On April 23, 2003, to the surprise of much of the world, the ceasefire line that divides Cyprus opened. The line had partitioned the island since 1974, and so international media heralded the opening of the checkpoints as a historic event that echoed the fall of the Berlin Wall. As in the moment of the Wall's collapse, cameras captured the rush of Cypriots across the border to visit homes unwillingly abandoned three decades earlier. It was a euphoric moment, and one that led to expectations of reunification. But within a year Greek Cypriots overwhelmingly rejected at referendum a United Nations plan to reunite the island, despite their Turkish compatriots' support for the plan. In The Past in Pieces, anthropologist Rebecca Bryant explores why the momentous event of the opening has not led Cyprus any closer to reunification, and indeed in many ways has driven the two communities of the island further apart.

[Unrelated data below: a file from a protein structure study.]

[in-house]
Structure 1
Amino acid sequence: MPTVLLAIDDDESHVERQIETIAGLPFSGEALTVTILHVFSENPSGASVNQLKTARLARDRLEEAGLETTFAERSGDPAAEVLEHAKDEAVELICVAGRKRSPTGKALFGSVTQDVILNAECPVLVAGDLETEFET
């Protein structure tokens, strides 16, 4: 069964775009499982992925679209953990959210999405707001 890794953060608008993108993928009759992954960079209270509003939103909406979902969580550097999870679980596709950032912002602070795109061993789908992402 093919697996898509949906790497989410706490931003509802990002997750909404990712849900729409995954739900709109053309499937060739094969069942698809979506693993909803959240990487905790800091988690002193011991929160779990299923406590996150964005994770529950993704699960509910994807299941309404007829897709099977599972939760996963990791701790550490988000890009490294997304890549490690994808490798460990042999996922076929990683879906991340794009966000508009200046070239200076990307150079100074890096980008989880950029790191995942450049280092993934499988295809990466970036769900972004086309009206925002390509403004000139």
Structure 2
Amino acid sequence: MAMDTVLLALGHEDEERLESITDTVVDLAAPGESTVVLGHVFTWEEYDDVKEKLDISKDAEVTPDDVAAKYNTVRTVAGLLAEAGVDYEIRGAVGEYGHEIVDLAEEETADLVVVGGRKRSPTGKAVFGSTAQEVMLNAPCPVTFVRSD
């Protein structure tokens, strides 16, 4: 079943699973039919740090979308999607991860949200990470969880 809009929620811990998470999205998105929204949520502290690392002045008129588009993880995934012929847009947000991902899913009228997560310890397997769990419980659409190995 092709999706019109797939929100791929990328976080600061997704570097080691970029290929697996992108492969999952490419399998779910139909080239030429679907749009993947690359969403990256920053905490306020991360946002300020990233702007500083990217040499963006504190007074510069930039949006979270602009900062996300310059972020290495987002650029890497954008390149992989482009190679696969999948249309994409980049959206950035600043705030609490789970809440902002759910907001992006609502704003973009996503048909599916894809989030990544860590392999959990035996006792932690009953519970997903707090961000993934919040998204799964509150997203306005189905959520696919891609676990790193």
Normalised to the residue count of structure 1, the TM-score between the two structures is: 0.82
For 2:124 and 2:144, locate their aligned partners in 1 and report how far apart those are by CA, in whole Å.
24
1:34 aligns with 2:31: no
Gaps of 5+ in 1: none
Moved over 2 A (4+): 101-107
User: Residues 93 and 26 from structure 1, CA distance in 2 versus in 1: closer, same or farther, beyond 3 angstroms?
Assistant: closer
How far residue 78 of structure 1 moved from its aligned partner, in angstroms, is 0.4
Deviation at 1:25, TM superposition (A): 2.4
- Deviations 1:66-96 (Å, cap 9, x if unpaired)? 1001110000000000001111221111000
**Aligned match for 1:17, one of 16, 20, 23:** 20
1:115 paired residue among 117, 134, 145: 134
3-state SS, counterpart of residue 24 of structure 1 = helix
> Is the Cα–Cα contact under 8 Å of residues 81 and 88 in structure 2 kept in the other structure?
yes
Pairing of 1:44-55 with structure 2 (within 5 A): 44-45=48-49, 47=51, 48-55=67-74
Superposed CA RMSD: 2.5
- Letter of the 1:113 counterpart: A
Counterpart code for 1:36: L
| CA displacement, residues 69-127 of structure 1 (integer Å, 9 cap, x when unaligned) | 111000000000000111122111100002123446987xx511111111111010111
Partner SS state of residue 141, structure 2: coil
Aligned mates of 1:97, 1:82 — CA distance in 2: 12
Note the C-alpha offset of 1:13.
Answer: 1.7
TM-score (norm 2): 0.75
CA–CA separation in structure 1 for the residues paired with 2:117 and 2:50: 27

This chronicle of the "new Cyprus" tells the story of the opening through the voices and lives of the people of one town that has experienced conflict. Over the course of two years, Bryant studied a formerly mixed town in northern Cyprus in order to understand both experiences of life together before conflict and the ways in which the dissolution of that shared life is remembered today. Tales of violation and loss return from the past to shape meanings of the opening in daily life, redefining the ways in which Cypriots describe their own senses of belonging and expectations of the political future. By examining the ways the past is rewritten in the present, Bryant shows how even a momentous opening may lead not to reconciliation but instead to the discovery of new borders that may, in fact, be the real ones.